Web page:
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Shame on Her: Lauren Boebert Didn’t Make It To Debt Ceiling Vote

Lauren Boebert, part of the faction of GOPers who opposed Speaker Kevin McCarthy’s debt ceiling deal with President Biden, did not make it to the House floor to vote on the final package. 

Lauren Boebert. Image Credit: Creative Commons.
U.S. Congresswoman Lauren Boebert speaking with attendees at the 2021 AmericaFest at the Phoenix Convention Center in Phoenix, Arizona.

Lauren Boebert, part of the faction of GOPers who opposed Speaker Kevin McCarthy’s debt ceiling deal with President Biden, did not make it to the House floor to vote on the final package. 

What Happenend to Lauren Boebert? 

Rep. Lauren Boebert (R-CO) joined several others on the House Republicans’ right flank in opposing the debt ceiling compromise reached between President Biden and House Speaker Kevin McCarthy. 

“It’s more Washington gimmicks from the swamp that kicks the proverbial can down the road,” Boebert said at a press conference Tuesday, as reported by Colorado news outlet CPR News.  “In short, tomorrow’s bill is a bunch of fake news and fake talking points that will do nothing to rein in out-of-control federal spending.”

However, when it came time to actually vote on the bill, Boebert did not vote against it- in fact, she did not show up to vote at all. 

“Rep. Lauren Boebert narrowly missed the vote, running up the steps right as they gaveled,” Axios reporter Juliegrace Burke tweeted Wednesday. 

One local reporter tweeted that Boebert had tweeted against the debt ceiling deal more than 20 times, but was not able to vote against it. 

“How can you represent #CO03 when you don’t even show up?,” Adam Frisch, the Democrat who narrowly lost to Boebert in 2022 and is running against her again in 2024, tweeted after the missed vote. “What was more important than voting?”

When Republicans took the majority in the House in January, McCarthy announced an end to proxy voting, which had allowed members of the House to cast their votes remotely, especially during the pandemic. McCarthy had even sued then-Speaker, Nancy Pelosi, when she instituted voting by proxy early on in the pandemic. 

In the end, Boebert’s absence for the vote didn’t end up mattering much, since the measure passed by a vote of  314–117 in the House.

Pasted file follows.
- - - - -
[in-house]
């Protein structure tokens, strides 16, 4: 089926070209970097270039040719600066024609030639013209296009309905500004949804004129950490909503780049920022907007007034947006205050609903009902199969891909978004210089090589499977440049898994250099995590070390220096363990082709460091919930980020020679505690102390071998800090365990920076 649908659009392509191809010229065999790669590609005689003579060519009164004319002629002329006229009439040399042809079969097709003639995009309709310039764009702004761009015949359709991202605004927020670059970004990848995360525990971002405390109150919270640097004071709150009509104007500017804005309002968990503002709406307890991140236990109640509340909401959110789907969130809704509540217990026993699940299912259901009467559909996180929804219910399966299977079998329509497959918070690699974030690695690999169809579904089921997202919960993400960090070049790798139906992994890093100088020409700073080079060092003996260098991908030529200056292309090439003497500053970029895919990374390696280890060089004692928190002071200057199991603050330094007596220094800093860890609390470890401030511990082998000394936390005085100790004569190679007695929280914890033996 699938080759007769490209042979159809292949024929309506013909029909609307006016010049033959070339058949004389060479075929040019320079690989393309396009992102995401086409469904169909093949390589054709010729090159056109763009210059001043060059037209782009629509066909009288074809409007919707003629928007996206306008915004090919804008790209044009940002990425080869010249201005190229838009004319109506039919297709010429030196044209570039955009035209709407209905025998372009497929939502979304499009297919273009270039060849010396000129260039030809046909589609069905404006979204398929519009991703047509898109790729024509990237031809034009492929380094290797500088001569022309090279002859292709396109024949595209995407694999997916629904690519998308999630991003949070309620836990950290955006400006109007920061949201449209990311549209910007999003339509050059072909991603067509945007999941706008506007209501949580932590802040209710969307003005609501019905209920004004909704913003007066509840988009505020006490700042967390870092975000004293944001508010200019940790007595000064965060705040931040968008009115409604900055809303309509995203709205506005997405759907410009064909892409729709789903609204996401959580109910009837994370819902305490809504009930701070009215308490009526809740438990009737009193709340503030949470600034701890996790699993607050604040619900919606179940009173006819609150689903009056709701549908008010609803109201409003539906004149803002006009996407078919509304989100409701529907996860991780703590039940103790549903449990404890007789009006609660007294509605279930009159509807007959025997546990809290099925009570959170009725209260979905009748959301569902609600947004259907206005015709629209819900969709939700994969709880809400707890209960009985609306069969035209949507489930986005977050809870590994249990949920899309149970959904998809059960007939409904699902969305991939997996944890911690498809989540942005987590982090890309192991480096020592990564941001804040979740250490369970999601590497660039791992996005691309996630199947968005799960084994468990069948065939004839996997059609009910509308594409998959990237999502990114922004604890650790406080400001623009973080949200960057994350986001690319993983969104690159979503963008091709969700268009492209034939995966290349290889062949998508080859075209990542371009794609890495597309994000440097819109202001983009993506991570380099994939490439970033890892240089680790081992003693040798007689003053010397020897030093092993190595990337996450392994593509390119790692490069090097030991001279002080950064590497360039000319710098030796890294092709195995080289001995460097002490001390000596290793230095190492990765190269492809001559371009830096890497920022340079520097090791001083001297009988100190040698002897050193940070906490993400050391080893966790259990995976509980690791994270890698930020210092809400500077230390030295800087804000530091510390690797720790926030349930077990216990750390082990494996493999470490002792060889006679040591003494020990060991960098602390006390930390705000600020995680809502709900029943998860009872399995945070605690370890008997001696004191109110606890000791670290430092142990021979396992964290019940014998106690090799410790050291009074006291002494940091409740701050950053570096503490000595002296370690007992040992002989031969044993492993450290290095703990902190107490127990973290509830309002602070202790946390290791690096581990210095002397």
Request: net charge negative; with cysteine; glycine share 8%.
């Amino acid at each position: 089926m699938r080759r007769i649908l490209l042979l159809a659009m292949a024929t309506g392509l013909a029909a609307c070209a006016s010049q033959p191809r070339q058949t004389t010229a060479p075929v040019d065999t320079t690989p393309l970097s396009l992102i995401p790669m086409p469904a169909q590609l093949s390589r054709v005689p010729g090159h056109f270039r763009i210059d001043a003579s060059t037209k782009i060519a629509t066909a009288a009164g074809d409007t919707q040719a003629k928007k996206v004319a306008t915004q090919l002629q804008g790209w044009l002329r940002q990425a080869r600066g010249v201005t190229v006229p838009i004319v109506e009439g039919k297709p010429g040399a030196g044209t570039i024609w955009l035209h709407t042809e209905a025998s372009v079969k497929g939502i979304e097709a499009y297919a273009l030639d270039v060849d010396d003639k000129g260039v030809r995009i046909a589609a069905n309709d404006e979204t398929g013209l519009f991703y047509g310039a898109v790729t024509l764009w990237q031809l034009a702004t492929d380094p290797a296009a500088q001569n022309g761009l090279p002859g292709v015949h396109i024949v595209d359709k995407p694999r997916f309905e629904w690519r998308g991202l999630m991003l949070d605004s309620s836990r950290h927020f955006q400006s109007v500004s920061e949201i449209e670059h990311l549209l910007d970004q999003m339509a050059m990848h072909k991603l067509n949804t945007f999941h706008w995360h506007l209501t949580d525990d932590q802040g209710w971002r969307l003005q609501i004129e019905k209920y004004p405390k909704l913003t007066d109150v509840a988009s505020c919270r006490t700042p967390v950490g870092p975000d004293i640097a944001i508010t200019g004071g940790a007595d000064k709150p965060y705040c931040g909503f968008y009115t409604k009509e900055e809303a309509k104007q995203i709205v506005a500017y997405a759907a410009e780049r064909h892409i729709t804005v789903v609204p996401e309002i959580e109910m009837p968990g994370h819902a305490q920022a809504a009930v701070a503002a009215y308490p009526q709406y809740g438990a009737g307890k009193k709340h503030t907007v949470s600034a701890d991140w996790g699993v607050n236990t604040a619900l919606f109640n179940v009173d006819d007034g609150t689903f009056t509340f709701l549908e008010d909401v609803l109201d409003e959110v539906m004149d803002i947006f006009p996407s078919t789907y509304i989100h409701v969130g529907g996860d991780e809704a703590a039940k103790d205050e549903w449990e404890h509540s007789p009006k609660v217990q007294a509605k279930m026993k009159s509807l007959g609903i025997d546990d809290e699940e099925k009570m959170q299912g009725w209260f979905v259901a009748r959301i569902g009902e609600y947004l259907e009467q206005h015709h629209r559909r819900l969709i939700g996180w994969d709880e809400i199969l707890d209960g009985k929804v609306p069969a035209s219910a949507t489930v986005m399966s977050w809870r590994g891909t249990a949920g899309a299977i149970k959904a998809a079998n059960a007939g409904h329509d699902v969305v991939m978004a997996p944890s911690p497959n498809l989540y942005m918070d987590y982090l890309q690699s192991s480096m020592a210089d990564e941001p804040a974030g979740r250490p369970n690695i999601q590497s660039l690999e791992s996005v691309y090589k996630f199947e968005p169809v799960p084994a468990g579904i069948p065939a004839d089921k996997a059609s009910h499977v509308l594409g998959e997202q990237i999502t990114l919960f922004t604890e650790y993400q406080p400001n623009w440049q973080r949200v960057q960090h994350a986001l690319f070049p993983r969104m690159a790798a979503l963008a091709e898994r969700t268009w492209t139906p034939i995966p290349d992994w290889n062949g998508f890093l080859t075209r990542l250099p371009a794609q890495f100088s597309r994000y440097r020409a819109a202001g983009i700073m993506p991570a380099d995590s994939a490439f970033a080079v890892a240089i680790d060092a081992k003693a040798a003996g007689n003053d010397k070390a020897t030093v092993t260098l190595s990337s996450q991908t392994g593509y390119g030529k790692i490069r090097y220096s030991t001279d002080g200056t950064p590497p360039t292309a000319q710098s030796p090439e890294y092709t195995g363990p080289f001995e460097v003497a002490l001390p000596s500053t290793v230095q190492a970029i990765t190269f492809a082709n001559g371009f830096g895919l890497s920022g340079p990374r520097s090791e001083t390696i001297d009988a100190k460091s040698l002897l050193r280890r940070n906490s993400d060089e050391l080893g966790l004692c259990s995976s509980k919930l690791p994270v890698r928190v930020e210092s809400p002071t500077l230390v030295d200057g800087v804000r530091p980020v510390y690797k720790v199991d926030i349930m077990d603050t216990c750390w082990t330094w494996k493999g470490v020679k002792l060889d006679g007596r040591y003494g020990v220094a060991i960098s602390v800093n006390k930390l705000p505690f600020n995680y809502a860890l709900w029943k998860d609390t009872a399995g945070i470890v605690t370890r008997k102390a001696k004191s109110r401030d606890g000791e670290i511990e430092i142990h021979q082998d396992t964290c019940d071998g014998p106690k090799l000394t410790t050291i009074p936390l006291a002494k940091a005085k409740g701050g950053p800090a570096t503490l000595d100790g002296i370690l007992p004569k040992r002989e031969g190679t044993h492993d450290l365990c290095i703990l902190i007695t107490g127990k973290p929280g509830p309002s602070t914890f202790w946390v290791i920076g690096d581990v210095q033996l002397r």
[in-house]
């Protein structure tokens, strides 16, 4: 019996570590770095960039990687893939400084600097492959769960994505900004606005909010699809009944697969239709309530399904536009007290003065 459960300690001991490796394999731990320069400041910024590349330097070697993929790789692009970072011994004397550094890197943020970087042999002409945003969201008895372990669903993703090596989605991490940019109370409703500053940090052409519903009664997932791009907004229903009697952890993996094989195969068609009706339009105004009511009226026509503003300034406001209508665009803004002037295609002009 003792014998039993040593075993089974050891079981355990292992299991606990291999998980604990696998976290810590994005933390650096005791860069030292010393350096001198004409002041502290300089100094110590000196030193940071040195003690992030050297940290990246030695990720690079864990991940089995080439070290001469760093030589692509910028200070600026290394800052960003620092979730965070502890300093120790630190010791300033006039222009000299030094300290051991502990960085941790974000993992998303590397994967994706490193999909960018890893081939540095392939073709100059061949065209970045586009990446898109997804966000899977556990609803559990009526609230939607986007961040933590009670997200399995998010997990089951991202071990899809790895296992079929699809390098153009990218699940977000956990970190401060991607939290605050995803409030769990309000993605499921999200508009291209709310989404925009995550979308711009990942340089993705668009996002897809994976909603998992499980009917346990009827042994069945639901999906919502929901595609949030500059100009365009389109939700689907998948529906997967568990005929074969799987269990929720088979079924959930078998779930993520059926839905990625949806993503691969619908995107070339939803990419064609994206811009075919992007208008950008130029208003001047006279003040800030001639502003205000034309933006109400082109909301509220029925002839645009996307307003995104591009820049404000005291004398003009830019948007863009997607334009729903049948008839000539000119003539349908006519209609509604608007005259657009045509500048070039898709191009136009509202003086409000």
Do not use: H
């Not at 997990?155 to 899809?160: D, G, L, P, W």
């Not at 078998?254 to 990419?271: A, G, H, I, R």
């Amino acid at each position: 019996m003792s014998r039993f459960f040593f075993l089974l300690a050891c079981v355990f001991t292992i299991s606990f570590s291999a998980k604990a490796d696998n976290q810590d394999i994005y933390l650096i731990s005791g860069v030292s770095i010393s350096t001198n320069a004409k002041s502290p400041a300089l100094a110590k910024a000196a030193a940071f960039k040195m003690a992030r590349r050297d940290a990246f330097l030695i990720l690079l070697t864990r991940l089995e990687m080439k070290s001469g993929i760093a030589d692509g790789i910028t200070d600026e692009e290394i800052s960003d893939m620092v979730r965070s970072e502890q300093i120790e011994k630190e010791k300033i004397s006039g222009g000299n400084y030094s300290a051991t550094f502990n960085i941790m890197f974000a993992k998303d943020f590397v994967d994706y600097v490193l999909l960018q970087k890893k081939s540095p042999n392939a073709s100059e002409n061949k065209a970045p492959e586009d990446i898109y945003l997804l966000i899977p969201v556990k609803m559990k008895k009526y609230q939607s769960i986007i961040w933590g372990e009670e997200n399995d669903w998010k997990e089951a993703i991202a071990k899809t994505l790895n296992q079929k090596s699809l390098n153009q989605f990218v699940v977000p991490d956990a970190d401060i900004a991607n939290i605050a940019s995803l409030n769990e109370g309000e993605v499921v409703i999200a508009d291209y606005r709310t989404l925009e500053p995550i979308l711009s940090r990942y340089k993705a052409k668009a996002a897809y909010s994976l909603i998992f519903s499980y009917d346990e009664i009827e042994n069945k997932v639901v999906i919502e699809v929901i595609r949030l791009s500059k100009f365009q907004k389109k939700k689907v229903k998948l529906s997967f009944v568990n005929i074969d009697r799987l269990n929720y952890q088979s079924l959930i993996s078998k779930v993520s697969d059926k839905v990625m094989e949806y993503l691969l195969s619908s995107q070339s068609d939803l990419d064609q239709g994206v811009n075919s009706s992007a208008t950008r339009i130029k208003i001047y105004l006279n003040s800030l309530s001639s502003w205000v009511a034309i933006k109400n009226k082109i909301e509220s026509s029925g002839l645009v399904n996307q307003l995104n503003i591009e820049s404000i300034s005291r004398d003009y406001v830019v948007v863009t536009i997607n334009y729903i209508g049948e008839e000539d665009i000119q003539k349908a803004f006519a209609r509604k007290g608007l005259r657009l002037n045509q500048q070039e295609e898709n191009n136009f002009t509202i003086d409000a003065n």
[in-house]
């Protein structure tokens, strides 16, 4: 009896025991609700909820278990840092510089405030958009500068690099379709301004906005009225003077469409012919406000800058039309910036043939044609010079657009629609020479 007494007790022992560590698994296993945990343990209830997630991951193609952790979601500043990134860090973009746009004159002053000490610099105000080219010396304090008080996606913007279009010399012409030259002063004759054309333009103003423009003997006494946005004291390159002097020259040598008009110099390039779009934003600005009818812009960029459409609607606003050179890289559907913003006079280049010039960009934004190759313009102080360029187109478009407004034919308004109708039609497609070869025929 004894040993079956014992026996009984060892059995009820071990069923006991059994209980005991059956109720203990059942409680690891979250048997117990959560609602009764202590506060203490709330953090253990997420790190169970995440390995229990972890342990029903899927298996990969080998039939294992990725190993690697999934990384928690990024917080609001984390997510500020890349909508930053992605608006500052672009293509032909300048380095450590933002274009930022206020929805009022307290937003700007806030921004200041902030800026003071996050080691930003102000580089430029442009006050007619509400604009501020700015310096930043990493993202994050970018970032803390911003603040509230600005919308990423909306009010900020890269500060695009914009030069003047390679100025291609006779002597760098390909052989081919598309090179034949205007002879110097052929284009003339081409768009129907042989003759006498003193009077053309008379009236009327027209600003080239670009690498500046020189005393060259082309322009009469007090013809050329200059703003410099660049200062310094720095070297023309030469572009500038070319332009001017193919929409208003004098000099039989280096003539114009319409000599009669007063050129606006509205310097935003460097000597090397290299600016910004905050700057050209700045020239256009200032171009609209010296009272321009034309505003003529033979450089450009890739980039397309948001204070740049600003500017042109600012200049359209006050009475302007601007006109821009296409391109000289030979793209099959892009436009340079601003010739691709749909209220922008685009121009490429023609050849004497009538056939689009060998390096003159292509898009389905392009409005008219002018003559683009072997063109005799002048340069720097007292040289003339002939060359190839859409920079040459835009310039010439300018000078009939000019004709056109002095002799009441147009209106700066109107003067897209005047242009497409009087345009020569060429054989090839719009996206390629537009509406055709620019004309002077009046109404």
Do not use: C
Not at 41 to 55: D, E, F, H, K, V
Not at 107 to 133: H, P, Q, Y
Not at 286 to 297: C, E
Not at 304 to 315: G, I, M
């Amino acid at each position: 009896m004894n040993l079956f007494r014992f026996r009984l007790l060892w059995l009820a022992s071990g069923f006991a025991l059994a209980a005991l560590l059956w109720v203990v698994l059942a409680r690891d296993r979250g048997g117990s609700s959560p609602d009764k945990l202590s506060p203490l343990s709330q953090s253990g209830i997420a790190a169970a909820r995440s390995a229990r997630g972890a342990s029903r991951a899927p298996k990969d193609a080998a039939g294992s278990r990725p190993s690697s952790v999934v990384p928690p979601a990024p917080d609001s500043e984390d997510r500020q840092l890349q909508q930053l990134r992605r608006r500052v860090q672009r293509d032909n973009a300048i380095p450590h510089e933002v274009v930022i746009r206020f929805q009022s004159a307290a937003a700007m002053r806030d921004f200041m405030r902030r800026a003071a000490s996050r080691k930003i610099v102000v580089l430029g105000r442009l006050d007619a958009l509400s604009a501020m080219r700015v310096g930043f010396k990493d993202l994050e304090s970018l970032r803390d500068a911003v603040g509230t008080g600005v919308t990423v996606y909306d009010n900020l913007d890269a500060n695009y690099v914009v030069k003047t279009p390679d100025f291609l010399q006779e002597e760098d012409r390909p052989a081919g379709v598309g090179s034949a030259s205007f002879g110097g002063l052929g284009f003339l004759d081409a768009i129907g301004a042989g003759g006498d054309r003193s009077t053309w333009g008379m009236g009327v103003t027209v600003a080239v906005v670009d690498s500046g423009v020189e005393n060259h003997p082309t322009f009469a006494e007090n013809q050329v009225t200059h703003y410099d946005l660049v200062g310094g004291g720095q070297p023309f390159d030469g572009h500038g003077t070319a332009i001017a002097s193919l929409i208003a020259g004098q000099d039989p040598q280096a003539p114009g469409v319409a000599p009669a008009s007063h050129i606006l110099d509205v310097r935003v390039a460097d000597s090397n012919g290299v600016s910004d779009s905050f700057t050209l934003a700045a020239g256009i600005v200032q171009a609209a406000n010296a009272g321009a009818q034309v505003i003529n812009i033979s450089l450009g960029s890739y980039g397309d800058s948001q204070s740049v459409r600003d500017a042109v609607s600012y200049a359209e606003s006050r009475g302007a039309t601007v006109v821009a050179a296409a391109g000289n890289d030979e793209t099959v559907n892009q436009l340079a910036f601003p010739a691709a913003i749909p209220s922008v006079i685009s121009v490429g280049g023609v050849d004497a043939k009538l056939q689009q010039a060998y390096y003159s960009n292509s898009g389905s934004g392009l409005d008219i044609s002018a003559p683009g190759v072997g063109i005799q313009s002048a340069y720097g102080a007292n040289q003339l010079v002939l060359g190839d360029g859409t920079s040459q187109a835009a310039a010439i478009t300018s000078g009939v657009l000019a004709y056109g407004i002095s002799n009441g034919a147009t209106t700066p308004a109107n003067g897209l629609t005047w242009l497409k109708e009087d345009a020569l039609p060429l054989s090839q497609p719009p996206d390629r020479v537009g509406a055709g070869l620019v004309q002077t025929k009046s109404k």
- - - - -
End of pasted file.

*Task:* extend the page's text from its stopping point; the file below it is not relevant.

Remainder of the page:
But as pointed out by Insider at the time, the lack of proxy voting has a chance to come back to bite the Republican majority, especially with their small margins. 

“At a time when a Speaker would ideally like to have the chance to guarantee the votes and backing of absent members, he’s given away one of the best tools a Speaker had to nail down votes of the ill, the absent, the traveling, the unreliable, and those distracted by other ambitions. It could end up costing him,” Insider said back in January. 

Boebert has been in the news for various odd reasons in recent weeks. The Congresswoman, who recently announced that she is divorcing her husband, denied that she is romantically involved with Sean Feucht, a Christian country singer, joking that Feucht has “better hair than me.” 

Last month, Boebert introduced legislation to repeal the  Bipartisan Safer Communities Act, the bipartisan gun control law that passed Congress in 2022, after the Uvalde mass shooting in Texas. 

“I unapologetically support the Second Amendment. No amount of gun control will ever eliminate evil in our society, and unsurprisingly, the data has shown time and again that gun control does not decrease gun violence,” Boebert said in a statement about that legislative push. She had also sought to name the AR-15 America’s “national gun.” 

The Congresswoman was mocked for saying that she once sought birth control, but realized that “it’s cheaper to have a kid,” in comments that got her denounced by fellow Congresswoman Alexandria Ocasio-Cortez. 

“And then she voted against the right to contraception so she could double this problem and give it to the next person,” AOC tweeted about the comments, in reference to Boebert’s opposition to the AOC-sponsored Right to Contraception Act. 

Frisch, meanwhile, has reportedly outraised Boebert in the first quarter of the year, by a margin of $1 million, as the race in their district promises to shape up as one of the most closely fought in the country next year. 

Expertise and Experience

Stephen Silver is a Senior Editor for 19FortyFive. He is an award-winning journalist, essayist and film critic, who is also a contributor to the Philadelphia Inquirer, the Jewish Telegraphic Agency, Broad Street Review and Splice Today. The co-founder of the Philadelphia Film Critics Circle, Stephen lives in suburban Philadelphia with his wife and two sons. Follow him on Twitter at @StephenSilver.

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Written By

Stephen Silver is a journalist, essayist, and film critic, who is also a contributor to Philly Voice, Philadelphia Weekly, the Jewish Telegraphic Agency, Living Life Fearless, Backstage magazine, Broad Street Review, and Splice Today. The co-founder of the Philadelphia Film Critics Circle, Stephen lives in suburban Philadelphia with his wife and two sons. Follow him on Twitter at @StephenSilver.